Jacob Wallenberg says investors need to get used to the prospect of weak growth even as central banks try to prop up economies with record stimulus.
As equity markets start to retreat from historically high valuations, the chairman of Investor AB is warning that he’s not seeing much actual corporate growth.
“You go through most markets and there’s limited growth and we’re all hoping for further development, but right now, looking at the quarterly reports, you don’t see significant growth,” Wallenberg said in an interview in Stockholm on Tuesday. “You hear a lot about further rationalization, efficiency gains etc. etc. You don’t hear a lot about growth.”
The comments come as investors start to question the sustainability of stock prices that have risen much faster than revenues at many publicly traded companies. Concerns that stocks may be overpriced have spread, with even Federal Reserve Chair Janet Yellen last week warning that equity market valuations are “quite high.”
Wallenberg said that central bank stimulus, such as the European Central Bank’s quantitative easing program, will provide support to economies, but even with those measures the “reality” is that growth will be limited.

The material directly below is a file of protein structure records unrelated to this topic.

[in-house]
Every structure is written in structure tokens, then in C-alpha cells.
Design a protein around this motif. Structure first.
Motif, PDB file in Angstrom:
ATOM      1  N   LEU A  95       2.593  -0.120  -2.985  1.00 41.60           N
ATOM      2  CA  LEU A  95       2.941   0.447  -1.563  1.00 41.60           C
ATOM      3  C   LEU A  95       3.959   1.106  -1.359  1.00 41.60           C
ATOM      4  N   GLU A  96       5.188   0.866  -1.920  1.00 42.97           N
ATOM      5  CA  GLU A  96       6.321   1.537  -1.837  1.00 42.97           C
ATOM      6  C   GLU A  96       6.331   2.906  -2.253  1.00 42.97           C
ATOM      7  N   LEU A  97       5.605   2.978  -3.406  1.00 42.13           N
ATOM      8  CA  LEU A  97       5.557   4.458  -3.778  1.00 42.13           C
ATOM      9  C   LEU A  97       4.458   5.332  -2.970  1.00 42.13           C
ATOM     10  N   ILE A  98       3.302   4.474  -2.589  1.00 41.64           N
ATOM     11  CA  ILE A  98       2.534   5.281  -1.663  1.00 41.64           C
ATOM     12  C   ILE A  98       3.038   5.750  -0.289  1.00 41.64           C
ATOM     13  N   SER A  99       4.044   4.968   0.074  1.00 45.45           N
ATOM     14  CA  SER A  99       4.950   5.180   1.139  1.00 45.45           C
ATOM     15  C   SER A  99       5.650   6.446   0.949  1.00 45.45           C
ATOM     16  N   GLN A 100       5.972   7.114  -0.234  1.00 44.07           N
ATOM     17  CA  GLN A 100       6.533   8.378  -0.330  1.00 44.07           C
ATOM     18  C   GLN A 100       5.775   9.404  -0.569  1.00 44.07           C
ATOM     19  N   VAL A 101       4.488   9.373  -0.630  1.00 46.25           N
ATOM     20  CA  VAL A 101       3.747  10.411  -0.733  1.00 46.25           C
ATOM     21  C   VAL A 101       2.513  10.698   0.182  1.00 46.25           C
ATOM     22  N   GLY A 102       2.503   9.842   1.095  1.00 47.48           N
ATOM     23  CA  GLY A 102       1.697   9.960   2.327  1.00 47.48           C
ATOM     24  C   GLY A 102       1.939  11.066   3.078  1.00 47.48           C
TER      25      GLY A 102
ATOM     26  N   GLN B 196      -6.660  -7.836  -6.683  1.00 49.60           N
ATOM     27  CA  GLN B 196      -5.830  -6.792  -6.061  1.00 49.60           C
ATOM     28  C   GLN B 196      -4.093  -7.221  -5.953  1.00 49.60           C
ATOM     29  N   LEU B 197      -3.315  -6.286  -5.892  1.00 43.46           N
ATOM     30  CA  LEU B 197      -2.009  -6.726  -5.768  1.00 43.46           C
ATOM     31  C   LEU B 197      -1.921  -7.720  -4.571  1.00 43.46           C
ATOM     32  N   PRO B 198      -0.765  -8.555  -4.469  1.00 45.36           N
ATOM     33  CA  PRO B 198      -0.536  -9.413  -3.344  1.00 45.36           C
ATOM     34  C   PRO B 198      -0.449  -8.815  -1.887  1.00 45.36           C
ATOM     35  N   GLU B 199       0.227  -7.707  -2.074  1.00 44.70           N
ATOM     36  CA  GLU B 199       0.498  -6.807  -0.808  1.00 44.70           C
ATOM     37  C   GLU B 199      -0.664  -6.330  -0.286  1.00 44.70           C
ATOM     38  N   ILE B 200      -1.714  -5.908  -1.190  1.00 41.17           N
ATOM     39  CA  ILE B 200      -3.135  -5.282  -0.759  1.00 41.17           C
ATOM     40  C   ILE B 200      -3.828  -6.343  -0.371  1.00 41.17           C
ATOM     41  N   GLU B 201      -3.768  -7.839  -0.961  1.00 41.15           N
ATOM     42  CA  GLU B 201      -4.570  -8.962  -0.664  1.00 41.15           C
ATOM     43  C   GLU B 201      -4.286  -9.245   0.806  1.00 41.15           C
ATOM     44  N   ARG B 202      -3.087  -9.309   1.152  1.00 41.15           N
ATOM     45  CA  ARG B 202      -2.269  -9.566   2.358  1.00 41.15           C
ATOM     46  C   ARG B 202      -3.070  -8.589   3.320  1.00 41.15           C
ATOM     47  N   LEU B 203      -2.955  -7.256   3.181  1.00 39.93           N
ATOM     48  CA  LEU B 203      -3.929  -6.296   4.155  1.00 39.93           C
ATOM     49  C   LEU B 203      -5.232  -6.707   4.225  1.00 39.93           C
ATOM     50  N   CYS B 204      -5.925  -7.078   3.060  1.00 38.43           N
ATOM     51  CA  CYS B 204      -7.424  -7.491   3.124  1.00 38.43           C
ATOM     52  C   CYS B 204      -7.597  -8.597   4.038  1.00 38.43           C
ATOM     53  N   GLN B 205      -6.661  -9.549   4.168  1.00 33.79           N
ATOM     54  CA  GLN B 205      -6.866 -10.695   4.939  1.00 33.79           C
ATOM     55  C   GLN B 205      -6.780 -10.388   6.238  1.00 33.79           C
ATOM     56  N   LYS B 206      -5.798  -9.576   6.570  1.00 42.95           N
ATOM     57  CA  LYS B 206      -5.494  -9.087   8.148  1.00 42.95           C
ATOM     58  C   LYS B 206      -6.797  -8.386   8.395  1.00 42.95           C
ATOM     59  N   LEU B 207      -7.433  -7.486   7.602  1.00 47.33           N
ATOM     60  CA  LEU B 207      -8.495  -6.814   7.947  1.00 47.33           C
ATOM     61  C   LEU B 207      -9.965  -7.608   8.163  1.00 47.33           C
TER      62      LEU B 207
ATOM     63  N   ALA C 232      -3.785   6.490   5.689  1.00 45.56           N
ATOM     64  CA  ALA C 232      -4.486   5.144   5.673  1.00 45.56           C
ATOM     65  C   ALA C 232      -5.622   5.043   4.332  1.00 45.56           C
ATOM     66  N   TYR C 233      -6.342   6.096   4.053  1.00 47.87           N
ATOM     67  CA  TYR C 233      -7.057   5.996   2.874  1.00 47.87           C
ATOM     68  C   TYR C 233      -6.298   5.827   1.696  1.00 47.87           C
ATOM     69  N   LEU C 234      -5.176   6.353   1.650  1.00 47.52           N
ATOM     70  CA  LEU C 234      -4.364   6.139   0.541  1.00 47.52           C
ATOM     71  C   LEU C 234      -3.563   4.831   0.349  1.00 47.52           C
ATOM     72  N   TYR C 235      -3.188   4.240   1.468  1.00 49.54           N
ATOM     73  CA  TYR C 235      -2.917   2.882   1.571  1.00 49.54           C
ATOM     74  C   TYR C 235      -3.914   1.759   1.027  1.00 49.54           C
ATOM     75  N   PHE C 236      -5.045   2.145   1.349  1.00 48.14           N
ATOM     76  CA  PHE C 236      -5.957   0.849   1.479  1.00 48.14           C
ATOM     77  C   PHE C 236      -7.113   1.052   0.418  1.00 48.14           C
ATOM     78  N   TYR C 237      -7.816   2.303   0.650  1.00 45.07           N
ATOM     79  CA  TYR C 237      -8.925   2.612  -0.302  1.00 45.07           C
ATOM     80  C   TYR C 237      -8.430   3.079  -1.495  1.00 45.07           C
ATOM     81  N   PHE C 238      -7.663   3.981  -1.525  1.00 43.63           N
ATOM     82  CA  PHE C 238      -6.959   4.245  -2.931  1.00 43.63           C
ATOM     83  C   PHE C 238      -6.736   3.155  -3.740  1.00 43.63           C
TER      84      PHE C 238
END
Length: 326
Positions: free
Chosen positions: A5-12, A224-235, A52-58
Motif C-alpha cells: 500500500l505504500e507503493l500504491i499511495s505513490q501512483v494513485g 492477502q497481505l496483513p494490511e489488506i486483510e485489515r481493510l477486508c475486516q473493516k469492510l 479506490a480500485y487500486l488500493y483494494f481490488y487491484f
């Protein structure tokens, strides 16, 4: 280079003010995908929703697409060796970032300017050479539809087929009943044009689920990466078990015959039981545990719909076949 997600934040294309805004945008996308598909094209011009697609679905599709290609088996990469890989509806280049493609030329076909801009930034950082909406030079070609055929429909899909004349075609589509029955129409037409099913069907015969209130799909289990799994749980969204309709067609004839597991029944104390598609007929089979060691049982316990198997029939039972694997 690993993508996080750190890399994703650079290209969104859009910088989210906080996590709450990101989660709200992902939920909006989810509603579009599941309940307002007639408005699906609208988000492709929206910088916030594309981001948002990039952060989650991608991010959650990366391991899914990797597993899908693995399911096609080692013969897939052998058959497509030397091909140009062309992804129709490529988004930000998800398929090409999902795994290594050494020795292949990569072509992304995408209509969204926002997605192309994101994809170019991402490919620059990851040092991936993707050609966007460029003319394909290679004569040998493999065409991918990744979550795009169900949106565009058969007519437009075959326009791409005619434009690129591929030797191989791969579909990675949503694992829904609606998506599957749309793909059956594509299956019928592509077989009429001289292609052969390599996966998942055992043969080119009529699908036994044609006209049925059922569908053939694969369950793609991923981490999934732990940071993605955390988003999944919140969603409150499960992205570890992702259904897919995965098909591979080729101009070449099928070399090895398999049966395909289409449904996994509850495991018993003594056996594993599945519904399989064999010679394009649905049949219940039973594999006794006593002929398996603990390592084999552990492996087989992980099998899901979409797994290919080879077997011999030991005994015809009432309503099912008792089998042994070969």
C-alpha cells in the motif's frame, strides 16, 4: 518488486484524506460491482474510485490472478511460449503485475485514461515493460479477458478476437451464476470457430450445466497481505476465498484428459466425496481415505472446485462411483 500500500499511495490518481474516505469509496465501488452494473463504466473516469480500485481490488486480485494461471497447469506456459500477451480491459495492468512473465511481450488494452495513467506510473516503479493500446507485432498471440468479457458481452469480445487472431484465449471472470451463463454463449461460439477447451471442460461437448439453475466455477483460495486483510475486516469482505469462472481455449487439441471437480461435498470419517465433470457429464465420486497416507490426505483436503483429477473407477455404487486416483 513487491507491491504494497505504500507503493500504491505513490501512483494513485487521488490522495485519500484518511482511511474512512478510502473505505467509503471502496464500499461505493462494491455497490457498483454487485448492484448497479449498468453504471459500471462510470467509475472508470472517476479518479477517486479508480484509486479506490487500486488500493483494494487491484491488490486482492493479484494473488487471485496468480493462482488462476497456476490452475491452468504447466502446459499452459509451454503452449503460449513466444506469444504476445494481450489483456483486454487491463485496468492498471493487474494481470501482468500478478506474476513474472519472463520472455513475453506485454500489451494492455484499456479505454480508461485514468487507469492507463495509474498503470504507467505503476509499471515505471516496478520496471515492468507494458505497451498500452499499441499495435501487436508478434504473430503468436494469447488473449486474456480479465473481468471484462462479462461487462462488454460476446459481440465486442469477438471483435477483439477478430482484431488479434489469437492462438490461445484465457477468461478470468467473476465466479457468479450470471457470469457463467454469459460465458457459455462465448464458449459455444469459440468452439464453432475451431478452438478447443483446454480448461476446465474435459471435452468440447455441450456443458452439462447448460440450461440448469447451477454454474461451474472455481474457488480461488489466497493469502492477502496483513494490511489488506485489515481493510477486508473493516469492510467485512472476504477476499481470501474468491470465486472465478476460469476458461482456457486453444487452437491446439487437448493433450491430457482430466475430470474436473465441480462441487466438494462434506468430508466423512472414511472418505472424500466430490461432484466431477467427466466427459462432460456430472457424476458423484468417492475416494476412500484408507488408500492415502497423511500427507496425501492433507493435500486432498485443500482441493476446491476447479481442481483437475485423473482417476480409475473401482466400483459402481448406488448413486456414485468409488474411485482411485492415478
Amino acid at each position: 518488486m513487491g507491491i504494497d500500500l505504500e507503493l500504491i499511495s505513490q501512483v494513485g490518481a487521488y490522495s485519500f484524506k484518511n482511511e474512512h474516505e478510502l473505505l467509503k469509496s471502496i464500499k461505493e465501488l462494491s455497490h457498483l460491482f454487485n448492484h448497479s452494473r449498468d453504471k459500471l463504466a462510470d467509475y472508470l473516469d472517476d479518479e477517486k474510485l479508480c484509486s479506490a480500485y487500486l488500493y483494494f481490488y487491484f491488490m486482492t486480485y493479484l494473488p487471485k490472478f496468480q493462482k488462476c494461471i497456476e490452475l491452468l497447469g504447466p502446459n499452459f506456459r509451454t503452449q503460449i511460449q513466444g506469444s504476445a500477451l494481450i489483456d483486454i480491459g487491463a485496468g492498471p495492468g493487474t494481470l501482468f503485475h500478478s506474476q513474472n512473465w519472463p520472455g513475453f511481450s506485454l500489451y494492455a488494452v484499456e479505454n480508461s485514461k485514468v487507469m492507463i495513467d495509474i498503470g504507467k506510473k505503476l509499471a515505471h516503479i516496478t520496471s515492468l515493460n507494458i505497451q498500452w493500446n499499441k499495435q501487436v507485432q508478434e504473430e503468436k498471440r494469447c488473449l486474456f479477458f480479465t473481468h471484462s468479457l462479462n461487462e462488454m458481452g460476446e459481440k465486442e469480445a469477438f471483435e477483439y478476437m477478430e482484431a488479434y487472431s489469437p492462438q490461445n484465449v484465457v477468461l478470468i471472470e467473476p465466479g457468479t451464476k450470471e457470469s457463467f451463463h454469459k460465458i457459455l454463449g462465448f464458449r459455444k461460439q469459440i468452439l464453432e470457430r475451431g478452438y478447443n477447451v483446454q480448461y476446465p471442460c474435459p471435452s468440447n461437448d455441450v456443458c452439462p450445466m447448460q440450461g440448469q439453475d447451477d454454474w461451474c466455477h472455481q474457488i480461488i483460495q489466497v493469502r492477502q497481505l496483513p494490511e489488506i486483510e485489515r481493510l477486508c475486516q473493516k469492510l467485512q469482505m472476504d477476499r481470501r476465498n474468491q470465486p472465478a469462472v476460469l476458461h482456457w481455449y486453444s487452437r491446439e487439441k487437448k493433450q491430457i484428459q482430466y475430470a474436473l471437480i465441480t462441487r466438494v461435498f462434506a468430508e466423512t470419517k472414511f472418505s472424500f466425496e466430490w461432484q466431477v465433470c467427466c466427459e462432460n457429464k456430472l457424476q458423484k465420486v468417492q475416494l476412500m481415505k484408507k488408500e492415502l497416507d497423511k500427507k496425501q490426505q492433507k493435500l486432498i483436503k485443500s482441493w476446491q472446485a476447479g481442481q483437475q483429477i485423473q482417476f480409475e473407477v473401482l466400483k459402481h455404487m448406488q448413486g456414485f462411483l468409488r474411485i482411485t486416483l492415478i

Investor AB holds stakes in about one-fifth of the companies on the OMX Stockholm 30 benchmark index, including Ericsson AB, AstraZeneca Plc and SEB AB. It also owns shares in ABB Ltd., which is listed both in Stockholm and Switzerland, Sweden’s Saab AB, Husqvarna AB and Swedish Orphan Biovitrum AB as well as Finland’s Wartsila Oyj. Subsidiaries include Moelnlycke Health Care and Aleris.
Some of Investor AB’s companies have already suffered share-price setbacks after revealing disappointing figures. Ericsson fell 10 percent on April 23, after the world’s largest maker of wireless networks reported first-quarter profitability that missed analysts’ estimates amid a slowdown in spending by North American operators and said the trend is set to continue.
Atlas Copco AB, another Investor-controlled company, fell the most in six years on April 28 after orders for mining equipment and large compressors declined.
“It’s reality,” Wallenberg said. “It’s something you have to deal with.”